Musically, I’m fascinated by magnifying the internal characteristics of sound; sculpting the intricacies and minutiae. Often, this is as much down to the recording process and treatment in the mix as it is the ‘scoring’. I engineered the work myself, experimenting with microphone techniques, and extensively iterating in the processing stage (treating the sounds electronically) in my DAW. ‘Scoring’ is also perhaps not the right term regarding how I approached this project. The piece was forged from a mixture of: improvisatory playing that was recorded and chopped up; traditionally notated and scored passages; and aleatoric/instructional processes enacted by myself or the other musicians featured in the piece. My recorded works generally follow this pattern, and are succeeded by extensive editing and iterating; perhaps my favourite part of the process. The digital artist Zach Lieberman talks about the importance of iteration in regard to his daily code sketches.These are small animations he makes with code and posts to Instagram. In a 2018 Medium article in which he talks about his practice, Lieberman says: “I feel like creativity is more about tedium, doing the same thing again and again, almost like a meditation, and that what matters are the shortcuts, the breaks, the changes, the alterations you make.” When I’m working on a composition such as this, the sounds I end up using are almost never instantaneous; they are the result of chipping away at the audio day-in day-out, iterating again and again, so that the outcome is a set of unique and idiosyncratic sounds.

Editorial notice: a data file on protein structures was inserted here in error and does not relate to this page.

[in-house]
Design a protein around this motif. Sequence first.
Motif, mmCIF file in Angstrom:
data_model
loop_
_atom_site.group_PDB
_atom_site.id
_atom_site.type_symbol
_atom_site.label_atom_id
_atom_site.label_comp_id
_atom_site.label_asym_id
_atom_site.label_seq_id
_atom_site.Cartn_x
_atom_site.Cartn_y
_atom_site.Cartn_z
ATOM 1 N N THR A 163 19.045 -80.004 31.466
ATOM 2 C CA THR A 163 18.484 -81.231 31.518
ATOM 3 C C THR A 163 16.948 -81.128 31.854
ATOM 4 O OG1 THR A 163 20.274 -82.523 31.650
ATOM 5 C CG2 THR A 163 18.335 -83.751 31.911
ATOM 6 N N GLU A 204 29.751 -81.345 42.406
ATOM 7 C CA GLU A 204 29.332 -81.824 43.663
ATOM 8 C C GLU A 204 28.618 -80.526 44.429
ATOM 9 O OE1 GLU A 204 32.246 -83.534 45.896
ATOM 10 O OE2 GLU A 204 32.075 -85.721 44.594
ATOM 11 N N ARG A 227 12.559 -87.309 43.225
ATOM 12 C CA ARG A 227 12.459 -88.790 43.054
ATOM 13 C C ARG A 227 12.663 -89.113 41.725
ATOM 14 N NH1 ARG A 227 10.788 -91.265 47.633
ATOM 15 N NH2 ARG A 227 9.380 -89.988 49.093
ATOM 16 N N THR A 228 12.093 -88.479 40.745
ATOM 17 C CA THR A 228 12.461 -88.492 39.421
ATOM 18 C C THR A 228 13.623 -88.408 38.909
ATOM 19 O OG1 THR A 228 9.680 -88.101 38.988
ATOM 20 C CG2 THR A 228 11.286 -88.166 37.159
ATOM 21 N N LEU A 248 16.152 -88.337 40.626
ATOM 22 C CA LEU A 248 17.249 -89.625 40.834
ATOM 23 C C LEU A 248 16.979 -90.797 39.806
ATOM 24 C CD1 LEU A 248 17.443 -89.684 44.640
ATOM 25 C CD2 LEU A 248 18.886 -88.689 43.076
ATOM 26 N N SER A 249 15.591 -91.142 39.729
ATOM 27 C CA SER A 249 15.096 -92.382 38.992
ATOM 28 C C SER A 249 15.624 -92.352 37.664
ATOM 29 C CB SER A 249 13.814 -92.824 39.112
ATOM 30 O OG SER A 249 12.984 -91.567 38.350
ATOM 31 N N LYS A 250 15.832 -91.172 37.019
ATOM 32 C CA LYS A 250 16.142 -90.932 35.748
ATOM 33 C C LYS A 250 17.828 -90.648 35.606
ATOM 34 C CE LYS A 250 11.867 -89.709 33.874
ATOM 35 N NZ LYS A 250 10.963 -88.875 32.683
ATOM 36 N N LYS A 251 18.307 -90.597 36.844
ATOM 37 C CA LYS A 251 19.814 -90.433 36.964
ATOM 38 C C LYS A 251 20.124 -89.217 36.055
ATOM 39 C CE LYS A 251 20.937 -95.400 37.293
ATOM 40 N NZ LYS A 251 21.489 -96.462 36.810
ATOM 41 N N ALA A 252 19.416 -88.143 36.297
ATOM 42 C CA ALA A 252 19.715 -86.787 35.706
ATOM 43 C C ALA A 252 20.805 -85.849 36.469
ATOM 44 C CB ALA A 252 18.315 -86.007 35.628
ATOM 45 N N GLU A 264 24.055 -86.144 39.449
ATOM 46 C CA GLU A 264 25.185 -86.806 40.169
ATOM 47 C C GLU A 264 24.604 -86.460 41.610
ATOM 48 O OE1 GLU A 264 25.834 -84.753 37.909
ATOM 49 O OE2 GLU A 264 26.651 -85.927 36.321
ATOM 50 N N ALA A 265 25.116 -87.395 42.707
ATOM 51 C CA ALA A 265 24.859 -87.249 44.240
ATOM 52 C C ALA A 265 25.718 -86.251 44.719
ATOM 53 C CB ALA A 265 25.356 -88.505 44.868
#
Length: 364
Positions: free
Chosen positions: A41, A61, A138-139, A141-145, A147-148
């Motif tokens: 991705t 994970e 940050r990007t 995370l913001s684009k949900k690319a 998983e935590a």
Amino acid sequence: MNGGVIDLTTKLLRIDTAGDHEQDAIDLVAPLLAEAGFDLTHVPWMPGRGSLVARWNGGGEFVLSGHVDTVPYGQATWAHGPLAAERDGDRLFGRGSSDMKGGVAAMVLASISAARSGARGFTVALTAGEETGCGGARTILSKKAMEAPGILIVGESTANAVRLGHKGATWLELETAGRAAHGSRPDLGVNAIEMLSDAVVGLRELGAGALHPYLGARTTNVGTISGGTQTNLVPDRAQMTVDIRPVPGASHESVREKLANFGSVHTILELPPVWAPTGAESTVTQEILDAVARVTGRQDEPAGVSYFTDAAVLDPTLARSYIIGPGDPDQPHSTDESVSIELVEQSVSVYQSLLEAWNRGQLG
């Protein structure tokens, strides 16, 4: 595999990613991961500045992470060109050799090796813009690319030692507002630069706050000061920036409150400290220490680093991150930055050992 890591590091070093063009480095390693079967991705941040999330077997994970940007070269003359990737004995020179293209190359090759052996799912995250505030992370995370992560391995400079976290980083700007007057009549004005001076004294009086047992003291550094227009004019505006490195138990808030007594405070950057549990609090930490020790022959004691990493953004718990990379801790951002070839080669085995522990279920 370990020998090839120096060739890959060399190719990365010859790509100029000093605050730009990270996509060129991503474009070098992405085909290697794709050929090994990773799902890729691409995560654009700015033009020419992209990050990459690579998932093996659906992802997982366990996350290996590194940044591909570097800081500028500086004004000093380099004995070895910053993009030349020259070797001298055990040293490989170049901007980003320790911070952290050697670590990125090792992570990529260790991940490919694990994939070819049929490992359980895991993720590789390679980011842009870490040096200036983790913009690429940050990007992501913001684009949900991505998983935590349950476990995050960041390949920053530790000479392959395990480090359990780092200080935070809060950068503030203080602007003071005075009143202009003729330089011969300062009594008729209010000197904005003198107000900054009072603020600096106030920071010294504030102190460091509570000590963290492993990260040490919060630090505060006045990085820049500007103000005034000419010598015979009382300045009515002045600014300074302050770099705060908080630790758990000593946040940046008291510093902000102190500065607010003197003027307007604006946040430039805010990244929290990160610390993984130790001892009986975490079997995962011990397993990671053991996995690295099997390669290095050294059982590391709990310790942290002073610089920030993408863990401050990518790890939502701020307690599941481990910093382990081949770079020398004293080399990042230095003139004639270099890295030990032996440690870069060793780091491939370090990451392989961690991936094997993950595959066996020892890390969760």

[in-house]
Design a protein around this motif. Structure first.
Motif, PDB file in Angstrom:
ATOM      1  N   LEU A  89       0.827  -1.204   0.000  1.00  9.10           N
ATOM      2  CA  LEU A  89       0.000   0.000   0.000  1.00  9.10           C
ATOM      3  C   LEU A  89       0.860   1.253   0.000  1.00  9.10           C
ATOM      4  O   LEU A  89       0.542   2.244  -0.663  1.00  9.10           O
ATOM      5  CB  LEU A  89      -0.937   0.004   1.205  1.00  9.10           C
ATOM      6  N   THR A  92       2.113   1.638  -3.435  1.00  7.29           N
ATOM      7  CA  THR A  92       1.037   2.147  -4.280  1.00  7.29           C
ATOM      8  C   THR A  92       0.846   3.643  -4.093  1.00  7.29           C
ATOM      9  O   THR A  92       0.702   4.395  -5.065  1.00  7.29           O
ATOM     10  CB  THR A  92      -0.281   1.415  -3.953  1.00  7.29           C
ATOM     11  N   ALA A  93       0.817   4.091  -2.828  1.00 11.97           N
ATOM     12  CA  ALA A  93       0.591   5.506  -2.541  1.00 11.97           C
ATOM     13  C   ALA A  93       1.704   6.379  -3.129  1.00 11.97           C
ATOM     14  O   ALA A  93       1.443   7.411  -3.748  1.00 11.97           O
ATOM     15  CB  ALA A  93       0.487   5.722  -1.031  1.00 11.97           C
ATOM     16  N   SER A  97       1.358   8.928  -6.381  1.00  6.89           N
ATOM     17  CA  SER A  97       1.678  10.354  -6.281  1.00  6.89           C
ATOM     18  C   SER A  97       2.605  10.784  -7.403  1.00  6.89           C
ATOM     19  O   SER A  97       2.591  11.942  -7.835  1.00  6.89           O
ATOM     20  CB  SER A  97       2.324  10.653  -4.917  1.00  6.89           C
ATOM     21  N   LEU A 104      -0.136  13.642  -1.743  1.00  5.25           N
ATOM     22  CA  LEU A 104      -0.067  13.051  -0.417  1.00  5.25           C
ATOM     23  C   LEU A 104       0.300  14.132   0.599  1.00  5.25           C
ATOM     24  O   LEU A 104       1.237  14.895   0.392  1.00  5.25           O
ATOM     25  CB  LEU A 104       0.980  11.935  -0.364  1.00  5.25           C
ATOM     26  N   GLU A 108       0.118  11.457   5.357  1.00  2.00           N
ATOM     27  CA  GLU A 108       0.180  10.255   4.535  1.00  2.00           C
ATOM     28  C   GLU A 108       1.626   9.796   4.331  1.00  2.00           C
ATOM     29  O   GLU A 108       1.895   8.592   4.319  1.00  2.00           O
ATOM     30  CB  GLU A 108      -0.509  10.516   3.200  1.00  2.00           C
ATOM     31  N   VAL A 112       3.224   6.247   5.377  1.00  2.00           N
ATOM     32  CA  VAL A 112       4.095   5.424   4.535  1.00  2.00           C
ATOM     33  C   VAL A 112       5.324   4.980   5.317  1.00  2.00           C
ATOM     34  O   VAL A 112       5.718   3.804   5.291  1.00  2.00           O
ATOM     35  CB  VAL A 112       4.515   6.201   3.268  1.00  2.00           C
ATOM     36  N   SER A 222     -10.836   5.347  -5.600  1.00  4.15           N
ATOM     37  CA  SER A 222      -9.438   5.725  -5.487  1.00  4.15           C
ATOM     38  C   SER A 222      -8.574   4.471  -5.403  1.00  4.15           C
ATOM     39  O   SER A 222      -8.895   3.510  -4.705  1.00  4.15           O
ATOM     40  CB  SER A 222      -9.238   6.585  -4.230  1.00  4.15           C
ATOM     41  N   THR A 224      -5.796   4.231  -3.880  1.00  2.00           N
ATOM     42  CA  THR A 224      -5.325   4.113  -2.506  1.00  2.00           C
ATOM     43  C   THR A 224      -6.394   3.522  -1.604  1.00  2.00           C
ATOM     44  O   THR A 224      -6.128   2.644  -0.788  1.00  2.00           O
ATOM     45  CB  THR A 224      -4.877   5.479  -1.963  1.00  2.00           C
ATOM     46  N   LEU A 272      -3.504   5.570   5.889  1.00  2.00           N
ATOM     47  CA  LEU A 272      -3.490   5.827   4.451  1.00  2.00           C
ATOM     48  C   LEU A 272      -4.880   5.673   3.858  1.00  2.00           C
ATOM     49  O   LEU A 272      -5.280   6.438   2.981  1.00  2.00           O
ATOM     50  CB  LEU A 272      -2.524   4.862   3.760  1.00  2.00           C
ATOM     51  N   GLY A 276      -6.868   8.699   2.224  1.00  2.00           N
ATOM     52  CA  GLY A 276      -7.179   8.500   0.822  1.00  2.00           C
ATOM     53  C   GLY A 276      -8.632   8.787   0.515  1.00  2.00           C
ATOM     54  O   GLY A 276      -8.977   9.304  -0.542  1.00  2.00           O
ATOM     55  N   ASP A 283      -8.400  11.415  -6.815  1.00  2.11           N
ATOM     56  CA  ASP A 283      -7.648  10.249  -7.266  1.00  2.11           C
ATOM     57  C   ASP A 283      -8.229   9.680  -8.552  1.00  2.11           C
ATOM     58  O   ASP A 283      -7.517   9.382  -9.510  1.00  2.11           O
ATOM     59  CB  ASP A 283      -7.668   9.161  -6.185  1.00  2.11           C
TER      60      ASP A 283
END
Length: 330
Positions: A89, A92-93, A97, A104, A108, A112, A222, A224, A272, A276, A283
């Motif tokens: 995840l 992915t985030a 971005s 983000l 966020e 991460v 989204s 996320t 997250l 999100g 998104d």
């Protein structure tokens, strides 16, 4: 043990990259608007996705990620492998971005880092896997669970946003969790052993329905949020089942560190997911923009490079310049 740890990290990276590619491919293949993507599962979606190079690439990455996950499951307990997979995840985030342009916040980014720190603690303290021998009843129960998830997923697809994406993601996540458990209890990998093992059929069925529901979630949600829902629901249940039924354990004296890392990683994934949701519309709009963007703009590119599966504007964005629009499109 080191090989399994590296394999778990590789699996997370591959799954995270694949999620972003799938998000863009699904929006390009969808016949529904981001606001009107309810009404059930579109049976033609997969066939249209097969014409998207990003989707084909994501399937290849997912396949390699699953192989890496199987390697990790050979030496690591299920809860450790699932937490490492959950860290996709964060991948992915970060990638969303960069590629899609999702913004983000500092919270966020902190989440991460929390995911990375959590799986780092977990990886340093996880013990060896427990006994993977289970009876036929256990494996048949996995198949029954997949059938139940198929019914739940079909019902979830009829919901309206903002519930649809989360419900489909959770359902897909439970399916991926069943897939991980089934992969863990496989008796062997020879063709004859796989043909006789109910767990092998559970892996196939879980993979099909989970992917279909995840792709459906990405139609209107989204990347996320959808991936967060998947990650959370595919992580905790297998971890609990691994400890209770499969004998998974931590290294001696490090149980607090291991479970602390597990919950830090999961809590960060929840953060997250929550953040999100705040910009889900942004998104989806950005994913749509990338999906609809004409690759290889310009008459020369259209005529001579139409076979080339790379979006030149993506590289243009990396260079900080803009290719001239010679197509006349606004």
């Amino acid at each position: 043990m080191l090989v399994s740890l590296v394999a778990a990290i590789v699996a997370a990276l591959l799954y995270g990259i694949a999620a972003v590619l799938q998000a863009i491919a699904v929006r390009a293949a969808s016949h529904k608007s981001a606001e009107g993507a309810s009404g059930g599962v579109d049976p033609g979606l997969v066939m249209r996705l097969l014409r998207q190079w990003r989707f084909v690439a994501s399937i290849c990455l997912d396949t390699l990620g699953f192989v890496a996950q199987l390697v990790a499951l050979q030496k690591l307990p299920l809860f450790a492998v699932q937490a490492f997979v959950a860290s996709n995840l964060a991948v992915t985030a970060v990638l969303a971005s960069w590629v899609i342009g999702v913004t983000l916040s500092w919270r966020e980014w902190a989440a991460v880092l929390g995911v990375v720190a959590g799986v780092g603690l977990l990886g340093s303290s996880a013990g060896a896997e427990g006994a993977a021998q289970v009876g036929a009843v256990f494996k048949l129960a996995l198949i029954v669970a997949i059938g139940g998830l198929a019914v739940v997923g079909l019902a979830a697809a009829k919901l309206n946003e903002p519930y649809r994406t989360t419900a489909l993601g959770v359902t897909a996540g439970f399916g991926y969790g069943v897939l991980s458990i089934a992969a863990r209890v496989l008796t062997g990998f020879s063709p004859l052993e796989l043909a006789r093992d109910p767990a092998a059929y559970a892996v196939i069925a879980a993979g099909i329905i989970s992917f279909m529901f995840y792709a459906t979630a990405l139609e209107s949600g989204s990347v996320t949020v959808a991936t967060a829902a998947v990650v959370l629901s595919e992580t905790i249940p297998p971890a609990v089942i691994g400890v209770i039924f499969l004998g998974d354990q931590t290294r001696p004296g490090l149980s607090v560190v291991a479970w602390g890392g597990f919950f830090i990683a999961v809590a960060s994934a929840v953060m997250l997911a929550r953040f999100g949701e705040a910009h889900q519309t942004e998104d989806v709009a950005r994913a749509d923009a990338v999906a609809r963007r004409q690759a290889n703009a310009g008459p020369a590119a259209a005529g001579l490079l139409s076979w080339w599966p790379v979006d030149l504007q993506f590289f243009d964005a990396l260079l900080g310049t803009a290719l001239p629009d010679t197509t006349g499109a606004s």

I played harmonium, accordion, piano, synths and sing on the work and I’m joined by Bristol-based saxophonist Greg Sterland, and London-based guitarist Alex Haines and drummer Lloyd Haines. All three are good friends of mine with whom I went to the Royal Welsh College of Music and Drama. We have a shared history and they know and understand my musical sensibilities. Having collaborators who are sensitive to one’s vision, but can also augment it, and challenge one’s intentions and customs is something I whole-heartedly recommend to any composer (and indeed try to often remind myself). It is so easy to get into a cycle of working solitarily when creating music. Taking your work into a room with other musicians, like-minded or not, to be workshopped is almost always a rewarding and enriching experience, and can take your music to places it never would have gone otherwise.

I mixed the work with engineer Alex Killpartrick, with whom I also studied, and totally trusted to elevate the piece in a way only fresh, skilled ears can. After several versions of the piece, and lots of conversations with the production company and the BBC, it became what it is today. It was published on BBC Sounds in June to coincide with Pride. I hope you’ll give it a listen and perhaps share it with friends and family, queer or not. From marriage equality to increased representation in media, LGBTQ+ people have made a lot of progress over the past decade. But those gains conceal the fact that queer people still face rejection from their families and society in ways that can upend and ruin lives. Trans lives are currently debated in the UK press on an almost daily basis. For the mere existence of a person to be up for debate, for a person to have to continuously justify their humanity, speaks volumes regarding how far we are from acceptance from and embracing by society of LGBTQ+ people. Our rights and the cultural shifts we’ve seen are only as strong as the most vulnerable members of our community and queer folks’ voices must be amplified and their stories heard if we are to win the hearts and minds of those who don’t understand or reject us. I was so grateful to have the opportunity to help share the four participants’ stories, and I hope the piece goes someway in shining a light onto queer lives.

Listen to Lost Time in full here